Don’t get me wrong; I love Twitter as much as the next person. I also think democracy is pretty great, for all of the complaining we do about it. I, like most everyone else, hope that someday soon Cubans will have a functioning democracy and access to Twitter. But the United States Agency for International Development’s attempt to promote subversion in Cuba by pushing a Twitter-like social media platform into the country does nothing to advance democratic values. This program only serves to provide old school Cuban government officials and other critics of the United States with the ammunition they need to strengthen their anti-American rhetoric and delegitimize Cuban-born opposition movements.

Last Thursday, the Associated Press announced that USAID — a federal agency mostly recognized for its humanitarian work — had been funding a texting service modeled after Twitter in Cuba. Created in 2010 with the intention of subverting the Cuban government, the Twitter-esque platform had drawn over 40,000 users. The program, named ZunZuneo, is now defunct.

Prior to this discovery, there was reason to believe that relations between the United States and Cuba were improving. The Cuban government had taken steps, albeit slowly, towards economic liberalization, while the Obama administration eased certain travel restrictions and parts of the embargo. Raul Castro and Barack Obama even shook hands in December 2013, a far cry from the tense relationships that defined Bush’s tenure.

But the historic adversaries still have much to disagree about, including Cuba’s detainment of USAID officer Alan Gross. In 2009, a Cuban court found Gross guilty of participating in a “subversive project … aimed to destroy the (Cuban) revolution.” While the evidence substantiating these claims against Gross is contested, recent revelations about USAID’s “Cuban Twitter” will surely undermine US attempts to have him released.

The creation of ZunZuneo substantiates claims about the United States’ meddling in Cuba’s internal affairs, of which Gross is just one example, and paints opposition actors as U.S. puppets. It gives credence to old school Cuban officials, who oppose any attempts at liberalization. The USAID effectively undermined not the Cuban government but rather the very opposition movements within Cuba they are trying to help.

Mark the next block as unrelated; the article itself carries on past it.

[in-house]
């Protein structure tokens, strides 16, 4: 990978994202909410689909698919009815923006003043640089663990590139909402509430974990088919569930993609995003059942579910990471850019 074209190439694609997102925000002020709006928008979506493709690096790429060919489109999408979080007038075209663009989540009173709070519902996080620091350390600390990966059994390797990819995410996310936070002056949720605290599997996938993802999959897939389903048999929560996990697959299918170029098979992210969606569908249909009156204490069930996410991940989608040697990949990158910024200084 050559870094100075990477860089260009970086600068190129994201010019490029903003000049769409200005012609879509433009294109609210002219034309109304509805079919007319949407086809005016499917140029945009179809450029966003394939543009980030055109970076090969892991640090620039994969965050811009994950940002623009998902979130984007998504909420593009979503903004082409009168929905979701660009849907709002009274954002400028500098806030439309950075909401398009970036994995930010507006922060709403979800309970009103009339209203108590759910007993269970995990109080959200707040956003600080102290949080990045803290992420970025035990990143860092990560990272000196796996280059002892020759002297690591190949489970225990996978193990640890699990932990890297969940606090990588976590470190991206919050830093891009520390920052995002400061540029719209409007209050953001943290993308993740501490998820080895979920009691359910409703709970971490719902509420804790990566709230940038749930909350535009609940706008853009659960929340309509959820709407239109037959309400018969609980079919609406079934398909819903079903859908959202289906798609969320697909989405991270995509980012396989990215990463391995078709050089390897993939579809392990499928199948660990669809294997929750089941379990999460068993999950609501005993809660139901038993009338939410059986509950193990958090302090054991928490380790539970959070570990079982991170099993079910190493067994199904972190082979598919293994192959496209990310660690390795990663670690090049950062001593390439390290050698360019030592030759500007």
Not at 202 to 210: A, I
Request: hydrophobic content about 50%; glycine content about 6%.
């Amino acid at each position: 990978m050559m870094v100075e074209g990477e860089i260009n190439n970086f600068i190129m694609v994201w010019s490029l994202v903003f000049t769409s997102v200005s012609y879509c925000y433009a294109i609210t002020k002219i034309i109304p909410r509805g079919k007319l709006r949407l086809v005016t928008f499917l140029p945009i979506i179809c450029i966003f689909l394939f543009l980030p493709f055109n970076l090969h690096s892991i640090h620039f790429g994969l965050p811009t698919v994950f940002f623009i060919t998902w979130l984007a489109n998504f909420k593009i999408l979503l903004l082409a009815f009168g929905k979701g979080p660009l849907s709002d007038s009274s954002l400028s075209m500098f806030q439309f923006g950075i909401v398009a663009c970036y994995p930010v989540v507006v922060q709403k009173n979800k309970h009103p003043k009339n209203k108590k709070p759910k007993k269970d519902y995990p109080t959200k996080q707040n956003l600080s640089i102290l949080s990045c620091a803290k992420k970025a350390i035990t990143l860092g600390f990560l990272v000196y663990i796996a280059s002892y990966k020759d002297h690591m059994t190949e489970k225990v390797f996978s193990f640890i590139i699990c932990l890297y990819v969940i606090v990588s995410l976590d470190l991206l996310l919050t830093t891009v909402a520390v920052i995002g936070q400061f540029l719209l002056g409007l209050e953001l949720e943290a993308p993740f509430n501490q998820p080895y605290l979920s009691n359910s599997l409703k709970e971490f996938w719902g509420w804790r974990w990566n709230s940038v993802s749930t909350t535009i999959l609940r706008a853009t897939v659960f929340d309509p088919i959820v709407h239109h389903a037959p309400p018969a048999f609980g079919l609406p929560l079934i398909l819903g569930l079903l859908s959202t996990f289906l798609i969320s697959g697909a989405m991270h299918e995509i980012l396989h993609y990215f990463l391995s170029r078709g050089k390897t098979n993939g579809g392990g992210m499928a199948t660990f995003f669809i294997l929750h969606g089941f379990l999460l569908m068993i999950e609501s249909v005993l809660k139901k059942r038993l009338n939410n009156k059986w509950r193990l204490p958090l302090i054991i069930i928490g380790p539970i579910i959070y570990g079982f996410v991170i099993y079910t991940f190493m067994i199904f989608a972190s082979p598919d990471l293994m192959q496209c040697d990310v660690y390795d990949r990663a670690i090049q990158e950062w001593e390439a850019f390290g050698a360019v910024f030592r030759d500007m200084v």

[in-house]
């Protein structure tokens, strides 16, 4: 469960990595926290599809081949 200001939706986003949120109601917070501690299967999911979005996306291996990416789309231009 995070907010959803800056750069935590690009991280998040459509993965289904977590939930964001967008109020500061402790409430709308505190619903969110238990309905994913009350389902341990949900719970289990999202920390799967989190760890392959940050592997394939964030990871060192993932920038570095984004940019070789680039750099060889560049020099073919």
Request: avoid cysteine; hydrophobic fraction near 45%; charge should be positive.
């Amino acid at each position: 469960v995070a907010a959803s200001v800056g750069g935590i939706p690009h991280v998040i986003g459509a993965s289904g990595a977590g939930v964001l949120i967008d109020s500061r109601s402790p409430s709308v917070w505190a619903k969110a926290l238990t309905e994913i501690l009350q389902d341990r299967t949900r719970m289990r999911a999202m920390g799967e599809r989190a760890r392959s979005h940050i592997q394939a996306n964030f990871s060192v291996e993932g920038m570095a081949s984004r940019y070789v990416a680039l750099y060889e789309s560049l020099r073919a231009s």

But this news will not just harm U.S.-Cuban relations and Cuban attempts at liberalization — it delegitimizes USAID as a whole. The agency, established by President John F. Kennedy in 1961, promotes development, combats diseases, protects human rights and assists in disaster response. For all of the good it has done, though, foreign countries often regard USAID projects with suspicion. Local governments worry that USAID has ulterior motives — that perhaps it is really just a form of imperialism veiled by claims of humanitarianism. These suspicions breed distrust, making target countries unreceptive to USAID.

In Afghanistan, where USAID’s biggest program is located, women’s empowerment programs have proven unsuccessful. These programs, geared towards improving female access to education, health care and economic opportunities, have been met with resistance. They are often regarded as attempts to impose Western morality on the Middle East and have failed as a result. Suspicions of USAID’s intentions are even taken to extremes. In countries afflicted by the AIDS epidemic, USAID’s attempts at treatment and prevention have fueled conspiracy theories that AIDS is a U.S.-manufactured disease. While I am by no means insinuating that USAID is actually guilty of any of the extreme allegations made against it, the recent revelations about USAID’s “Cuban Twitter” fuels the distrust. It demonstrates that USAID is not, as is purports to be, an agency geared solely towards humanitarian assistance.

USAID has a mandate, in layman’s terms, to help people. But their recent attempt to “help” the Cuban people through controversial political programs does not better anyone’s life; it only detracts from the agency’s ability to partake in valuable humanitarian assistance.

Haley Adams is a sophomore in Timothy Dwight College. Contact her at